-It had no fan - As I said before, it had a false ceiling with was a scoop to drive air into the engine for cooling, the driver's head was about 6 inches lower than a regular bug, and the windshield was at a 45 deg angle in relation to the original position, this way air made it's way into the scoop above the driver's head.
-The crankshafts on the two engines were out-of-phase by 90 degrees.
-the cams were very hot with a narrow power band, they used a 5-speed Porsche 550 gearbox with all gears changed to be optimal for these cams.
-Front suspension was also from a 550.

I don't know if people saw it yesterday, this is a drawing how it looked:
FittiVolks1968-cutaway.jpg
Please let me know if you need more. I have more.

LCV
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Marc
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Re: Ghia Road Course Setup

Post by Marc » Mon Dec 02, 2013 7:19 pm

sideshow wrote:...He isn't building a car for an average driver...
We're aware that there's talent on that team, but I still say that's no reason to hamper them with a death-trap suspension design so inherently flawed. I cut my teeth on swingaxle Bugs, but when IRS came along I became a total convert and vowed never to use swingaxle again unless it was mandated.
There's going to be a significant amount of fabrication involved in building a subframe to carry the engines and reversed transaxle, improving the suspension while you're at it just seems logical to me.
The drivetrain layout of the twin-engine car would make it difficult to employ a trailing/diagonal-arm IRS setup, so the options I see are Chapman strut, twin A-arm, or DeDion. Any would work, but the latter appeals to me because of its relative simplicity and ruggedness (it should be inexpensive to build as well, and could be built using the stock torsion bar/springplate arrangement if desired). There's no "technology" involved (DeDion's been around since the 17th century, after all) - just pragmatism.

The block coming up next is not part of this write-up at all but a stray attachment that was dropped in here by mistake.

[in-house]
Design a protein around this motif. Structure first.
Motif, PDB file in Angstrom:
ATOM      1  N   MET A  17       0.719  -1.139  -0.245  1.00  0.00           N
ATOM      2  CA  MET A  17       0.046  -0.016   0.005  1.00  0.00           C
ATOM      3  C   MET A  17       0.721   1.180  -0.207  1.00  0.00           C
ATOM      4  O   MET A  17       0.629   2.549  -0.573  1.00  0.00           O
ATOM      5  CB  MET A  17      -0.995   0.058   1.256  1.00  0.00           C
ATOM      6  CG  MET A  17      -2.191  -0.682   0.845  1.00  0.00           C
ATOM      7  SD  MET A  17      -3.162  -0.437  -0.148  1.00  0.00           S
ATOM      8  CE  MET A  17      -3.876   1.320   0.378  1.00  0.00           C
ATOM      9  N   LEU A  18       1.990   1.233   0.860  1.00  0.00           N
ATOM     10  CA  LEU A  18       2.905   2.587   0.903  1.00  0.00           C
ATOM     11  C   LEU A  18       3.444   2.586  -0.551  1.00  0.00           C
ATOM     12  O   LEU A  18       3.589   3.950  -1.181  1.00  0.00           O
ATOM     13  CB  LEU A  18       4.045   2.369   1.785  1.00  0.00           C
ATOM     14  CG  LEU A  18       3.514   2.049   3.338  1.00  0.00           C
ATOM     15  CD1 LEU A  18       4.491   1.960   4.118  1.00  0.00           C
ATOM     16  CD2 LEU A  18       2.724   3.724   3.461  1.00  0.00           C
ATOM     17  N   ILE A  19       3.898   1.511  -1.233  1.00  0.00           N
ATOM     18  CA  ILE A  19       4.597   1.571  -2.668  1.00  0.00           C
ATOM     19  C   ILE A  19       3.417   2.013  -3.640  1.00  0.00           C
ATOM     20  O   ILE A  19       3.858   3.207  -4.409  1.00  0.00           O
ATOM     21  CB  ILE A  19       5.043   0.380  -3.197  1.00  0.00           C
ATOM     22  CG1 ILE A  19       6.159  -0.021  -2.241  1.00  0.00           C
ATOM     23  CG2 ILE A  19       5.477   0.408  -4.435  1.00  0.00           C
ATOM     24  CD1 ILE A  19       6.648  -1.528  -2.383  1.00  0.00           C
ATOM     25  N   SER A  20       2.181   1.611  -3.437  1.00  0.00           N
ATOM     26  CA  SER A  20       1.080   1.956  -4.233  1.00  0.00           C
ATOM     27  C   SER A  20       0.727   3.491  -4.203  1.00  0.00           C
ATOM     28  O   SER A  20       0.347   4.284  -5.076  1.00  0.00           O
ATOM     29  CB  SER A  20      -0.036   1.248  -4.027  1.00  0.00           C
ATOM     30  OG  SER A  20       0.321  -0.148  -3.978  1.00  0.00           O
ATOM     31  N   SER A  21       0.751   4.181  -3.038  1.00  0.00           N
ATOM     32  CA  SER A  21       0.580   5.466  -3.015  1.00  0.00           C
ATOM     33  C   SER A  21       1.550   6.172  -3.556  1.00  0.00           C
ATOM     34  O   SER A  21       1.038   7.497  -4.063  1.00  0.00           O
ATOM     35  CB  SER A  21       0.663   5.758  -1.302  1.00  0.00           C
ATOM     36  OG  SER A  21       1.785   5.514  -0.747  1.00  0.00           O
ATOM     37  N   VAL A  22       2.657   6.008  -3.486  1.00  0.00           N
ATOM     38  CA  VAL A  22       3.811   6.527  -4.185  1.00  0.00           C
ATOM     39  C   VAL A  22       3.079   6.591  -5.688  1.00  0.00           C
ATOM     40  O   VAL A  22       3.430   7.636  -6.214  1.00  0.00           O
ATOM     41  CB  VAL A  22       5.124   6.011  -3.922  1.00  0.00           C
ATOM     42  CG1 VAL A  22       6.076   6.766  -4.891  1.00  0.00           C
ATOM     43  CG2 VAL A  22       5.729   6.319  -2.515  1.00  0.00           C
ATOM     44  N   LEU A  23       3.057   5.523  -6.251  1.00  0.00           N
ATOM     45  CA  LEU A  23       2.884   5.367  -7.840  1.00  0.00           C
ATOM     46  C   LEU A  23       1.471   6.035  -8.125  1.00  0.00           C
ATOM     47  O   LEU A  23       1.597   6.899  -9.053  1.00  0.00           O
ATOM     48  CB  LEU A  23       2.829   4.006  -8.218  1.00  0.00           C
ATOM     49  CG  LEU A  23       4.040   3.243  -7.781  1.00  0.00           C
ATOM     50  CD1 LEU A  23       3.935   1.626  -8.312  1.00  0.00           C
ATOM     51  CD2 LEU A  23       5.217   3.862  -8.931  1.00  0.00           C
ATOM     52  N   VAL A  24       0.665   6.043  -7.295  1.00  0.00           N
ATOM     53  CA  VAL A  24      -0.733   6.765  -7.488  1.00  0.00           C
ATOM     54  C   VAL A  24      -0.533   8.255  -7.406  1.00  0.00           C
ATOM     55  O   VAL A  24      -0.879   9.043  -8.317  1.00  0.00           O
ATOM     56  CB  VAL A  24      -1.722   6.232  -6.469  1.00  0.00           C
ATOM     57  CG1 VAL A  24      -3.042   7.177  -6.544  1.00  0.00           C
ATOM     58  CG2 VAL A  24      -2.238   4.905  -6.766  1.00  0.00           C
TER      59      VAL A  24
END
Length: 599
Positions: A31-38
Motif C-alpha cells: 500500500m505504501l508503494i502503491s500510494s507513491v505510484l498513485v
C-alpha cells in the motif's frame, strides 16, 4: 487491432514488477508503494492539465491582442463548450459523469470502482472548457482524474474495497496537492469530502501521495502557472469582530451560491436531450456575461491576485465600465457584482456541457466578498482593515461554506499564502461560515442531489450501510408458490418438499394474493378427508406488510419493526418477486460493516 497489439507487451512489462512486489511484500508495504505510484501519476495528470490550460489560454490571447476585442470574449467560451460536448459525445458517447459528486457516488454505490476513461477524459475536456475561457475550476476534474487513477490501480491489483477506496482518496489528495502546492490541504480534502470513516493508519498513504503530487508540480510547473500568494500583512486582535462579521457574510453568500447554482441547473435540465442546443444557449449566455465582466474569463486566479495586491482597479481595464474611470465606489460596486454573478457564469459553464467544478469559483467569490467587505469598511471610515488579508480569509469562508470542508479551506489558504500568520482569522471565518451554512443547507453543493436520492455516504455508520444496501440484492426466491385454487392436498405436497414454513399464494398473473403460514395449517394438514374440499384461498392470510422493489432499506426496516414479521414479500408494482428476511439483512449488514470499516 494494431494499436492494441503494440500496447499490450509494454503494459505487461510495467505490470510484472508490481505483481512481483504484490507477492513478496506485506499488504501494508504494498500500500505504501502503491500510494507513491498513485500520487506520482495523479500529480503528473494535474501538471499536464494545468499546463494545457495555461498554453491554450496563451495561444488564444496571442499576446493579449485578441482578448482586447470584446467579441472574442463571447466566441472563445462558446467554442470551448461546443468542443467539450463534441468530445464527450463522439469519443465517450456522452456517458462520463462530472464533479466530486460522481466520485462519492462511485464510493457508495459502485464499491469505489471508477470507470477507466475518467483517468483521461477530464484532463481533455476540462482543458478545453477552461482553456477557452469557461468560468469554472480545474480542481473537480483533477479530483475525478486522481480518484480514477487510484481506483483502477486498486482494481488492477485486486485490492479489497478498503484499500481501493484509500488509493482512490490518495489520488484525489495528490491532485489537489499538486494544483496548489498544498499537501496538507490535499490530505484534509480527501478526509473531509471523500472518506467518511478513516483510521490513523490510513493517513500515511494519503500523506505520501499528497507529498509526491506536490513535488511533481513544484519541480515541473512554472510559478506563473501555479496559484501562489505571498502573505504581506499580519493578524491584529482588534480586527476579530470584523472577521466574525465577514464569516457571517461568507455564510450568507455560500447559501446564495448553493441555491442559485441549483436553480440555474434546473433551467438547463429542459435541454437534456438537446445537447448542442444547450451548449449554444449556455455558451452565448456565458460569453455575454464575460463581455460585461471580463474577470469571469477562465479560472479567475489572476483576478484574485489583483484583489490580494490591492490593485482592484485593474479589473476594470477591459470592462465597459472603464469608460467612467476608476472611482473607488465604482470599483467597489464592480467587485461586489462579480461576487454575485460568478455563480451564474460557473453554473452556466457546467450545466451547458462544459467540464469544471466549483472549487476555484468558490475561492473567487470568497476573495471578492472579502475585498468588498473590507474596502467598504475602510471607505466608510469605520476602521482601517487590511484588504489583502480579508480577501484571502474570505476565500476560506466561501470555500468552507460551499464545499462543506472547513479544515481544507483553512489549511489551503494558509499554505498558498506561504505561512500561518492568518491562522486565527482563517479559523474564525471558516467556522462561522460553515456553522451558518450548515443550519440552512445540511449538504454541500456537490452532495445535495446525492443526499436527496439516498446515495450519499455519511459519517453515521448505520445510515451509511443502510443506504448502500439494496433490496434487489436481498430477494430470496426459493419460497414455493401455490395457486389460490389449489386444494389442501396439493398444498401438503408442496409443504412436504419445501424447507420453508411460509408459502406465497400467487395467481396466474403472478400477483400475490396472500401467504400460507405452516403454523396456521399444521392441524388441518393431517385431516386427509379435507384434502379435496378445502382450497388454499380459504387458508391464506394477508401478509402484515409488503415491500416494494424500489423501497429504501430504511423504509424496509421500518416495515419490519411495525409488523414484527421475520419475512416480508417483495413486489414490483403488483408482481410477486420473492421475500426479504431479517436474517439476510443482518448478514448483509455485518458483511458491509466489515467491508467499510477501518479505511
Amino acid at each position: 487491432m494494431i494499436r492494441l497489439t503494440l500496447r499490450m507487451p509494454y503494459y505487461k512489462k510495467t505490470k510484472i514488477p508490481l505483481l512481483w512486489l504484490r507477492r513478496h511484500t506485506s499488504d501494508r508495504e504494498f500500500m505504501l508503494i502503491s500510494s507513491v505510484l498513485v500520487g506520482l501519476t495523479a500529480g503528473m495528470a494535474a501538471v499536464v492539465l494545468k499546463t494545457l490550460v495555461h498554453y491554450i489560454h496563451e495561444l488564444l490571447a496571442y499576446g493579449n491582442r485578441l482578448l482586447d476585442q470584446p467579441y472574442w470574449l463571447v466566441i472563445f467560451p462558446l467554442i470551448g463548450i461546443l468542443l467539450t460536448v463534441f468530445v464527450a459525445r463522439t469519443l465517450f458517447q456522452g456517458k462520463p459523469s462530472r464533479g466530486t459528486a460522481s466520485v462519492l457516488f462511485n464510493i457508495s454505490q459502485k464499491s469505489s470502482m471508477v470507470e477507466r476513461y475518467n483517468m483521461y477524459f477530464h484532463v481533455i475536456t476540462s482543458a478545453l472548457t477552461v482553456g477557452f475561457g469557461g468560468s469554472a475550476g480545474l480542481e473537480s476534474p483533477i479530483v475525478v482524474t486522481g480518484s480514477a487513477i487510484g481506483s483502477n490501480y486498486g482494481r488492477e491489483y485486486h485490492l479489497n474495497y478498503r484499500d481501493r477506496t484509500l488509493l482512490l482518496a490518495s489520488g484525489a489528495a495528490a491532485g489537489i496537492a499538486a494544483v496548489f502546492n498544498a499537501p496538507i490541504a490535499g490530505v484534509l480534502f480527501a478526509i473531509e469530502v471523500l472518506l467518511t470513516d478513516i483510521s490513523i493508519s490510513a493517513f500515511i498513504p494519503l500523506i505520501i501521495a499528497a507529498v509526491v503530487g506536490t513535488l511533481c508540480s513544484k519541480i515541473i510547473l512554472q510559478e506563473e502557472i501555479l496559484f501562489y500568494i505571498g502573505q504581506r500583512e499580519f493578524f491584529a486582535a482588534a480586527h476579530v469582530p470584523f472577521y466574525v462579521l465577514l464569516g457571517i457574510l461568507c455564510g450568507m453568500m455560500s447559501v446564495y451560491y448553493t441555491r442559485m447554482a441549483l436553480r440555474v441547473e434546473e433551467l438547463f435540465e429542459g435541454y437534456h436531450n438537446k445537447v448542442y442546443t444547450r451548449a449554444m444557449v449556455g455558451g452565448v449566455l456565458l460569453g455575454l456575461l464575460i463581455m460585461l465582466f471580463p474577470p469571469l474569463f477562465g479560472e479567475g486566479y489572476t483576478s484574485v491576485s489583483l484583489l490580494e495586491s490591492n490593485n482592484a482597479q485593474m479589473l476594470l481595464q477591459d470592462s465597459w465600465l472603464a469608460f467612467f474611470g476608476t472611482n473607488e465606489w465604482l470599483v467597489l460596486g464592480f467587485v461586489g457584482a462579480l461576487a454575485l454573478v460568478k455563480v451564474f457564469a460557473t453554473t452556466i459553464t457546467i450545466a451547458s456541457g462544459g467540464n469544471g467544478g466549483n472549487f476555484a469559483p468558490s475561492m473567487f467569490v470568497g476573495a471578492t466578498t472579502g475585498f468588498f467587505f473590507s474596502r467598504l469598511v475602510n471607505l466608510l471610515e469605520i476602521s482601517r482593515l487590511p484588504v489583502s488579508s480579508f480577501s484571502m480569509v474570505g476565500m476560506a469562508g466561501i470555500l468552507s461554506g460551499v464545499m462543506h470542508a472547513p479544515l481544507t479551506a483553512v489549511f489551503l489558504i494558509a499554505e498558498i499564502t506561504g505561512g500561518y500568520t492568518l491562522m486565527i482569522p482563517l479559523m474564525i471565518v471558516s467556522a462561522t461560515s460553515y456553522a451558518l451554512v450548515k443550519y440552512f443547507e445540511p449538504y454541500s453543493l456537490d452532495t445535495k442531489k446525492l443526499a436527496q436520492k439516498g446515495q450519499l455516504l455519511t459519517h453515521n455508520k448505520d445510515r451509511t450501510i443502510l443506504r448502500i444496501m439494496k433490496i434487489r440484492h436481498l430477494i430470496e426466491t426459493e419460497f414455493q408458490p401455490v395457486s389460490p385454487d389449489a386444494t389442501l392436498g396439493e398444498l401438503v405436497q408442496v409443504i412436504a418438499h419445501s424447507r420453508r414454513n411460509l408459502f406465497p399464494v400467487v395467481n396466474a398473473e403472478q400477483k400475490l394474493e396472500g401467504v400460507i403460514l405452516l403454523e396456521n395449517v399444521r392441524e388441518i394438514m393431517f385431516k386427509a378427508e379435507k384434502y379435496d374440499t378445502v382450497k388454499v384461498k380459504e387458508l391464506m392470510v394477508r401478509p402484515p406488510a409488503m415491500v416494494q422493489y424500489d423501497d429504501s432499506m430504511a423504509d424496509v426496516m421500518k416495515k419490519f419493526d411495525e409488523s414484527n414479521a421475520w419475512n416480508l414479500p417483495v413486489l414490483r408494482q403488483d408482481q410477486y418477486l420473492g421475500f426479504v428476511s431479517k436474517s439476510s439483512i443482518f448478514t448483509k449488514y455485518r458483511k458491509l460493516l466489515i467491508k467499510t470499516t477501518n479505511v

http://www.worldwizzy.com/learn/index.php/De_Dion_tube

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4agedub
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Re: Ghia Road Course Setup

Post by 4agedub » Wed Dec 04, 2013 9:16 am

I became a total convert and vowed never to use swingaxle again unless it was mandated.
We race swing axle beetles as well and honestly when setup right it handles real good. Maybe one day I'll try irs... but up until now swing axle has been good to us
Superbug Racing Team
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Re: Ghia Road Course Setup

Post by bajaherbie » Thu Jul 03, 2014 6:58 pm

interesting!
Of all the paths you take in life, make sure a few of them are dirt.

volkscris
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Re: Ghia Road Course Setup

Post by volkscris » Tue Sep 08, 2015 7:01 am

I was at the Spa Bugshow last month. a Formula Vee racer present had this suspension. Very interesting to see, I hope someone with more swingaxle knowledge can give the full explanation. :)

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FJCamper
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Re: Ghia Road Course Setup

Post by FJCamper » Tue Sep 08, 2015 9:23 am

Hi Volkscris,

The car is equipped with a highly modified type of swing axle suspension that is great for racing but not well suited for street cars.